- Ghana Union of Traders Association wants all Nigerian products imported into Ghana boycotted
- Traders union believes that the Nigerian government will be forced to open up its land borders for foreign goods if goods from Nigeria are boycotted in Ghana
- The greater Accra regional secretary of GUTA, David Kwadwo Amoateng accuses the Nigerian government of not being fair to foreign traders
A trade war between Nigeria and Ghana appears to be brewing after the Ghana Union of Traders Association (GUTA) called for a total boycott of all Nigerian products imported into their country.
Ghanaweb reports that the union made the call in retaliation to the closure of the Nigeria border by the Buhari administration.
Traders union believes that the Nigerian government will be forced to open up its land borders for foreign goods if the boycott is adhered.
The greater Accra regional secretary of GUTA, David Kwadwo Amoateng on Adom FM’s morning show, Dwaso Nsem, on Friday, October 19, accused the Nigerian government of been unfair to foreign traders.
He said instead of the Ghanaian government to retaliate by preventing Nigerian traders from importing goods into Ghana, it has failed to take action.
“Either somebody’s bread has been buttered or we are cowards. Government is not being fair to us,” he said.
Amoateng said some Nigerian products taken over the Ghanaian market while local ones in their are suffering.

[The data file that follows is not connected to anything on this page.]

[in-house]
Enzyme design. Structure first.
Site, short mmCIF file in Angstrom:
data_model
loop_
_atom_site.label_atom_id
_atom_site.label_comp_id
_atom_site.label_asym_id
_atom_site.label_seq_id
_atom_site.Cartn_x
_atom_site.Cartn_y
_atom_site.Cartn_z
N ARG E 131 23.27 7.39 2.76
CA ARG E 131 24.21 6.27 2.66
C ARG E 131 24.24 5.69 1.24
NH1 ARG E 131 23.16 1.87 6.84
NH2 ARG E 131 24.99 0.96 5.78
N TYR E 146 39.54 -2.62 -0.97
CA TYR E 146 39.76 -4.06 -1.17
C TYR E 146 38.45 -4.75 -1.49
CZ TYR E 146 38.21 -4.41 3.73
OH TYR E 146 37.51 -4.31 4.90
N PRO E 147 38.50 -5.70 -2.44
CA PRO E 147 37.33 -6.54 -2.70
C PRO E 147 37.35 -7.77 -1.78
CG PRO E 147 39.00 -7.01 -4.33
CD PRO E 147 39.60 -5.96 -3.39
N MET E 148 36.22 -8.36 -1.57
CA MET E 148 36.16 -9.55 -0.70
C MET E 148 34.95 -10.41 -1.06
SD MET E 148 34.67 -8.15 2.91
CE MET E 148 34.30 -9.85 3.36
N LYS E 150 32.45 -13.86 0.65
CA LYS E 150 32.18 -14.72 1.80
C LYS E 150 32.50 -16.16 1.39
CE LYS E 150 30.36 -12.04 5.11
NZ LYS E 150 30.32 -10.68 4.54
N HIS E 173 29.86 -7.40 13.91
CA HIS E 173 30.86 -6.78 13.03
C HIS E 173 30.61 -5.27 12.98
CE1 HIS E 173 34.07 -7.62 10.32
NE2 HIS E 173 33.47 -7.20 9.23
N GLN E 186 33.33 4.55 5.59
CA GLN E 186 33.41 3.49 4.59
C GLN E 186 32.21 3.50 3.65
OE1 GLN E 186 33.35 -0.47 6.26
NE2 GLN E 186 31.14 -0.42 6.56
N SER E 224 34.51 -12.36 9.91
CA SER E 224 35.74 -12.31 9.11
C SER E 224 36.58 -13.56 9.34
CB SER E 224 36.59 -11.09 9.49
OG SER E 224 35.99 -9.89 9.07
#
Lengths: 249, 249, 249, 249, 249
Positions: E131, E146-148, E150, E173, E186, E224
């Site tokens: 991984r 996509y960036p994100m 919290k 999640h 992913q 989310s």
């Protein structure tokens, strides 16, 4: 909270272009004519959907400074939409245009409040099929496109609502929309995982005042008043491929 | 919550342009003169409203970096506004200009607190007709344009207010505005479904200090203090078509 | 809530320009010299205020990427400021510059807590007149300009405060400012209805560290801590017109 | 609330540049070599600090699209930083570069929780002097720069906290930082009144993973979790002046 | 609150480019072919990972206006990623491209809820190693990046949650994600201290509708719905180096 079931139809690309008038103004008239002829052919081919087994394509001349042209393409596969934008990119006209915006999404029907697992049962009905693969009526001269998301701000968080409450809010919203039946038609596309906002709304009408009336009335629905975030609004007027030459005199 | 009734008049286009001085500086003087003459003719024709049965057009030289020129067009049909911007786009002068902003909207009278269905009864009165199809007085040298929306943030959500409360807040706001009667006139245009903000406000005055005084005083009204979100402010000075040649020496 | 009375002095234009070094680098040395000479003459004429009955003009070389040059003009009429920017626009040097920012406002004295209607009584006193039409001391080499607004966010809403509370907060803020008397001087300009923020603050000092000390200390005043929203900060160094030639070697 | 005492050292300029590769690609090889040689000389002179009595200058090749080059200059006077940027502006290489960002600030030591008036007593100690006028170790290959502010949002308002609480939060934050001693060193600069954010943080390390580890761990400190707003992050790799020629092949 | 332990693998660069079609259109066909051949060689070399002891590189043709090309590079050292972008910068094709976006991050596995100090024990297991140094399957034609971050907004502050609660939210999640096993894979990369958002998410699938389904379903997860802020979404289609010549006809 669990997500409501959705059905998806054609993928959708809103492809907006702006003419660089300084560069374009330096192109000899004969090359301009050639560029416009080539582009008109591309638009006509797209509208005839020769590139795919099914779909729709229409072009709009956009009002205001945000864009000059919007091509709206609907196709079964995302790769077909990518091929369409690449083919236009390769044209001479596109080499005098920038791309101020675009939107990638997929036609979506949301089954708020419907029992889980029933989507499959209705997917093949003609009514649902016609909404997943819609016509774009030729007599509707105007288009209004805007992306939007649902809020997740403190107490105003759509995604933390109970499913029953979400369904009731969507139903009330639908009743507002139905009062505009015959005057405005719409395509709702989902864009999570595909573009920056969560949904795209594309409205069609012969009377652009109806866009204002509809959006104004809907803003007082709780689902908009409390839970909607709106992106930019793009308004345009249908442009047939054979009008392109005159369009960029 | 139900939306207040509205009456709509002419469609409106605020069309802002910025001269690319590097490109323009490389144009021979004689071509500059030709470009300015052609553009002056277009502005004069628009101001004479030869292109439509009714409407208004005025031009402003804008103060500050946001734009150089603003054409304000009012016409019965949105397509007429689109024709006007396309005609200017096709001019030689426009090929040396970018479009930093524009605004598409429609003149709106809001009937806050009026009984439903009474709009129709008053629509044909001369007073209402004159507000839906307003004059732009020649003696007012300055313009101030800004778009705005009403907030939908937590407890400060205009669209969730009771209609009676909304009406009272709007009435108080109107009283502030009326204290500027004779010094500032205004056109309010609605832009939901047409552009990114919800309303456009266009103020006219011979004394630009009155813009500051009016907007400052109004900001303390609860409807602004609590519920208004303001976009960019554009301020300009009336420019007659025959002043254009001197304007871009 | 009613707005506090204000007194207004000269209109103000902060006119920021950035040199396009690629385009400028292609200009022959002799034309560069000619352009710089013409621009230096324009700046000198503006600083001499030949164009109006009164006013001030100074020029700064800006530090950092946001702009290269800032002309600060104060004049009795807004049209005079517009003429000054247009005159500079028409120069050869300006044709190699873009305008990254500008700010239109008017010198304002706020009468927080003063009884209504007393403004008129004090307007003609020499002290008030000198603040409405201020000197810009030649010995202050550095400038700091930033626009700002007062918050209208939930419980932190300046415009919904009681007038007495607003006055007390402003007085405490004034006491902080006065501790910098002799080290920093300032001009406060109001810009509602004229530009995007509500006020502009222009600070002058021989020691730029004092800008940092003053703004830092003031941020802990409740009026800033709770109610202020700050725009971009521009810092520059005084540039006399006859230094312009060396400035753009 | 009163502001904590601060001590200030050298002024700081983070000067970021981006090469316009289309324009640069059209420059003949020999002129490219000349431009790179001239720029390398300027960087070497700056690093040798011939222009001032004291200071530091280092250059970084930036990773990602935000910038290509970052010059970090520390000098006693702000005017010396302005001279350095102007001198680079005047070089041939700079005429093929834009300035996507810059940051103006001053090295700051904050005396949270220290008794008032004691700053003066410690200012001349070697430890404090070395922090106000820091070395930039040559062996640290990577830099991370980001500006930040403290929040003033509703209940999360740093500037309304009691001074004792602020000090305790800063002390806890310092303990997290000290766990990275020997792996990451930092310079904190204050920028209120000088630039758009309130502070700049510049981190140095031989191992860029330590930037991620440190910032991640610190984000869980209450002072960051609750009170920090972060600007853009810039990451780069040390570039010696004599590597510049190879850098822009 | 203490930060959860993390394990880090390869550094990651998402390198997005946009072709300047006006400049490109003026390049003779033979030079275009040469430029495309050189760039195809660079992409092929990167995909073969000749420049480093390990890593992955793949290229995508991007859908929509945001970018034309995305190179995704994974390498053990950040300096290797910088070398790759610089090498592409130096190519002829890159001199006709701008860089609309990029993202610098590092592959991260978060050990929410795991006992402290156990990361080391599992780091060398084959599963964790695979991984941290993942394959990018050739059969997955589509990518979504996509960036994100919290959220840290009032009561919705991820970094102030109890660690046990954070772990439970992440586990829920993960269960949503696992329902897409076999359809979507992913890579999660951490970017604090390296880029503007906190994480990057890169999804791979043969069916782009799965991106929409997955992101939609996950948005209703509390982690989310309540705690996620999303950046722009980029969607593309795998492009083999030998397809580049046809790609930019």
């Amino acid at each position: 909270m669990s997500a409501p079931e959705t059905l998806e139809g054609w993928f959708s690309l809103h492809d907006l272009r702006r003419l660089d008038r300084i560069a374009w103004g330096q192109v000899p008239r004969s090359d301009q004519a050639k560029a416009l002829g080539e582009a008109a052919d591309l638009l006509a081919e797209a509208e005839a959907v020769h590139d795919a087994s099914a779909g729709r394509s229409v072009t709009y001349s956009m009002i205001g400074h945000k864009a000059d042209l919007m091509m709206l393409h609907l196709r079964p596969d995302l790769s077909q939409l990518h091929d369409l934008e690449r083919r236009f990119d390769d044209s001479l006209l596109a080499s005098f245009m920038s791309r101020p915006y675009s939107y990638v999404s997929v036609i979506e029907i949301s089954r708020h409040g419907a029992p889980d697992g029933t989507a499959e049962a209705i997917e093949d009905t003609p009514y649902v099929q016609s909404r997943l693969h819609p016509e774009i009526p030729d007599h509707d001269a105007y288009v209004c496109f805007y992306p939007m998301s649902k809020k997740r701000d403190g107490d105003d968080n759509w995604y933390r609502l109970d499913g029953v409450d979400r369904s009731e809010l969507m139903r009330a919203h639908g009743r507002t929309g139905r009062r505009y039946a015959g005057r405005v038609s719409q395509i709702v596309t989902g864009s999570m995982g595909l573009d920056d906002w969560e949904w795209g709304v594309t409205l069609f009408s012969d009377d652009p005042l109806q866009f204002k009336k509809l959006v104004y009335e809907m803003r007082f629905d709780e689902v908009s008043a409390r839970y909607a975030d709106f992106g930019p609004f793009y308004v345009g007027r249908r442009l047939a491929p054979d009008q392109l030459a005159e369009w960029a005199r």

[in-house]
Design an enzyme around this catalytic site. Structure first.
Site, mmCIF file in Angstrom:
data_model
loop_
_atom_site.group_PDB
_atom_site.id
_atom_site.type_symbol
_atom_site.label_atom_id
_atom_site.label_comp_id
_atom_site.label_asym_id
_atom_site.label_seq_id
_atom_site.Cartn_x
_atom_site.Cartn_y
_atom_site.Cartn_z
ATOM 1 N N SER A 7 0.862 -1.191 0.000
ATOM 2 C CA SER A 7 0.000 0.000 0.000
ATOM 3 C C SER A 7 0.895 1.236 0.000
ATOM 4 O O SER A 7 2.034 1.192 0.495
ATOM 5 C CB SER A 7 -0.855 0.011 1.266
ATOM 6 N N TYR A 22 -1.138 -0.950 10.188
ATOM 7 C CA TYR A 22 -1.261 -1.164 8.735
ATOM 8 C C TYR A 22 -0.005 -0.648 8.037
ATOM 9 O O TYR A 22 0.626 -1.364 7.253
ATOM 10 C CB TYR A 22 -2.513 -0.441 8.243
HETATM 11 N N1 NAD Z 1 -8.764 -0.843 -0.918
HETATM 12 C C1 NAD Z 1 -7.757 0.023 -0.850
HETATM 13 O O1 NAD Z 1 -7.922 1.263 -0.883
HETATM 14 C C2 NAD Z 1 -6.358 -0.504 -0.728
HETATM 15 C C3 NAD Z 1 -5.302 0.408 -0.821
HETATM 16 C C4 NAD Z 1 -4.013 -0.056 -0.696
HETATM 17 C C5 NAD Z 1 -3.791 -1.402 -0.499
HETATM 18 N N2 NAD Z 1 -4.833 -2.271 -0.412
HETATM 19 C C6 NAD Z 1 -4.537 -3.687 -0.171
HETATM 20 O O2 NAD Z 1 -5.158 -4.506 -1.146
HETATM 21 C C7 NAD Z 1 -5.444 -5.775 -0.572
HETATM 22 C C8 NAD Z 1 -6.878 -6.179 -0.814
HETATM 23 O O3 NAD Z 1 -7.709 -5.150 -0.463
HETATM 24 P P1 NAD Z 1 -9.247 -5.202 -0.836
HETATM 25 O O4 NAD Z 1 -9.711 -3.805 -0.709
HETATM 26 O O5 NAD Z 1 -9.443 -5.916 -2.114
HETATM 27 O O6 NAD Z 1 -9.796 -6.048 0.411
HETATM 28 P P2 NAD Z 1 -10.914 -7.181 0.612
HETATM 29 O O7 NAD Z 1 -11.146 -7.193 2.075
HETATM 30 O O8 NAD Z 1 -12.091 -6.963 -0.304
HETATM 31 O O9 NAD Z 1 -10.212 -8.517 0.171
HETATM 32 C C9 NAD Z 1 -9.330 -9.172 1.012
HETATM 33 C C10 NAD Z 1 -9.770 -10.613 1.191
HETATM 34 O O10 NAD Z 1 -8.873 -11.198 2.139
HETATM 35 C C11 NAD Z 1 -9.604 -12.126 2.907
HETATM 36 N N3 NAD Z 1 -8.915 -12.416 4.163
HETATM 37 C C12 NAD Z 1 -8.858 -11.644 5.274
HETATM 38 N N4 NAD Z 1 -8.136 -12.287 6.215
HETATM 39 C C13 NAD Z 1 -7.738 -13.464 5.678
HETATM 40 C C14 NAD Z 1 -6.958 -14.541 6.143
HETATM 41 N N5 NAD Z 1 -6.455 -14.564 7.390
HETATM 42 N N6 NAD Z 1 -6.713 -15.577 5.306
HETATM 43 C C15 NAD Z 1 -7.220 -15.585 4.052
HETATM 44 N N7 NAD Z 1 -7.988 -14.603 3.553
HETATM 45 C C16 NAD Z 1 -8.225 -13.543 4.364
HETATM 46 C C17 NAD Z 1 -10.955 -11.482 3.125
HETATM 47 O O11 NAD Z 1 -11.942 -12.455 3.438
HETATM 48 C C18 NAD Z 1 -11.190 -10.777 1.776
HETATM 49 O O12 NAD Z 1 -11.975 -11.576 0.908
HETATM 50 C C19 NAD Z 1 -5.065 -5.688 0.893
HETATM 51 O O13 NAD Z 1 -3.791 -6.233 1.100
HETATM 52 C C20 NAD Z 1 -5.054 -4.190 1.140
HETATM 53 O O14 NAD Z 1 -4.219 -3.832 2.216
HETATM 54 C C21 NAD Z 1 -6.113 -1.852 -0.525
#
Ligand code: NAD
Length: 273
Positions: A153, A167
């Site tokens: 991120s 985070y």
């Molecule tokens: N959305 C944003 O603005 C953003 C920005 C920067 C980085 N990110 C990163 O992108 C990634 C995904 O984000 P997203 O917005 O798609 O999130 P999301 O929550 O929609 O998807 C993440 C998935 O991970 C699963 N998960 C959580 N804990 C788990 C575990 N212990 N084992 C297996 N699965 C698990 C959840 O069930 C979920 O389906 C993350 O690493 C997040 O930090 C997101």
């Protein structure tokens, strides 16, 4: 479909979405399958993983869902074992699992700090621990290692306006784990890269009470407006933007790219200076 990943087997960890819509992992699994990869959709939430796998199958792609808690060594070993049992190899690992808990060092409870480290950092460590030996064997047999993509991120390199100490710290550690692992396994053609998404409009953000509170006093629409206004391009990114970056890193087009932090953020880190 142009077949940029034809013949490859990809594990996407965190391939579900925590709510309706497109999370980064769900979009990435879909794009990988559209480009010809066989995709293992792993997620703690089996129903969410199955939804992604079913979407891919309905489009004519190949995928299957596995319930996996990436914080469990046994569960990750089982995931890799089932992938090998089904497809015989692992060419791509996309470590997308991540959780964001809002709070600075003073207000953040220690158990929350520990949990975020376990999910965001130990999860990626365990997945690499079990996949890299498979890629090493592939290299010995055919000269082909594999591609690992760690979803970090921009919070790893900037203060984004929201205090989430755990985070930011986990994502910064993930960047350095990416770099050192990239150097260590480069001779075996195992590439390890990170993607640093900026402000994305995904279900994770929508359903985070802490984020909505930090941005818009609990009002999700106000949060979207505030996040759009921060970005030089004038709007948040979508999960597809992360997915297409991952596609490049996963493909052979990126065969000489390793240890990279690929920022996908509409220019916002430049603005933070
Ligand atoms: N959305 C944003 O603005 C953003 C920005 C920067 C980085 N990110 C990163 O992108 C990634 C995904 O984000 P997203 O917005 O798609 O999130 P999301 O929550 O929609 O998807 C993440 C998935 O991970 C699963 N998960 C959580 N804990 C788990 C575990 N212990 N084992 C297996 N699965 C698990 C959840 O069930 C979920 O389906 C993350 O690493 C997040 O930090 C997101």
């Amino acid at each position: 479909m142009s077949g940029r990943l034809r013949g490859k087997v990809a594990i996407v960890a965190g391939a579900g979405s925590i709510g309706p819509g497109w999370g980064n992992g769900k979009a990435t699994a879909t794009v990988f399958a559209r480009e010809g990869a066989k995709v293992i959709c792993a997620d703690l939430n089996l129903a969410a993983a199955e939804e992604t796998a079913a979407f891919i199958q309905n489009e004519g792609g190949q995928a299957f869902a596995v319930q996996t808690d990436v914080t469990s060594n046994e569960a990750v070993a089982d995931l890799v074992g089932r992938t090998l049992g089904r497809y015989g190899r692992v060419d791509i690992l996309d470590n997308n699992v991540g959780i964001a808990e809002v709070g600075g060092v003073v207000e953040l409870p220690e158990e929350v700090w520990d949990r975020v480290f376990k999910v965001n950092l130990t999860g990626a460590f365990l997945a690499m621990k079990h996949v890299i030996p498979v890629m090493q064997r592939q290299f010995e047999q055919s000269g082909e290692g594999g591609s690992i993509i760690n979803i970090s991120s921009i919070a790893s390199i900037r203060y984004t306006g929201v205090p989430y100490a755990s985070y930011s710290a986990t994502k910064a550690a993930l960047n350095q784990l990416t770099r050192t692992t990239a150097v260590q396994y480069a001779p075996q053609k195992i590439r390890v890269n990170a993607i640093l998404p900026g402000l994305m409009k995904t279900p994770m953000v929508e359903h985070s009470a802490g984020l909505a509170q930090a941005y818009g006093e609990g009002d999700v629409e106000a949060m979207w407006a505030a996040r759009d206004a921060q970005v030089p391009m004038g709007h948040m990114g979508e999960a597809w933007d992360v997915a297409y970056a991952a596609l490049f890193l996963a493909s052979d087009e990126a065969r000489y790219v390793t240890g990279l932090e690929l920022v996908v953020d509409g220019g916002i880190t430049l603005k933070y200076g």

“Let’s boycott Nigerian products as payback to their government’s action. How can we be slaves in our own country?” he stated.
Meanwhile, the federal government's closure of Nigeria's land borders has been supported by the International Monetary Fund (IMF).
Abebe Selassie, the director of the African department at the IMF, made the organisation's position known on the sidelines of the World Bank/IMF Annual Meetings in Washington, USA, the News Agency of Nigeria (NAN) reports.
Legit.ng gathers that Selassie said this while responding to a question on whether the border closure negates the African Continental Free Trade Agreement (AfCFTA).
Selassie said although free trade was critical to Africa's economic growth and development, it must be legal and in line with agreements.
He said the IMF understood that the Nigerian government closed the border due to smuggling and other illegal trades.
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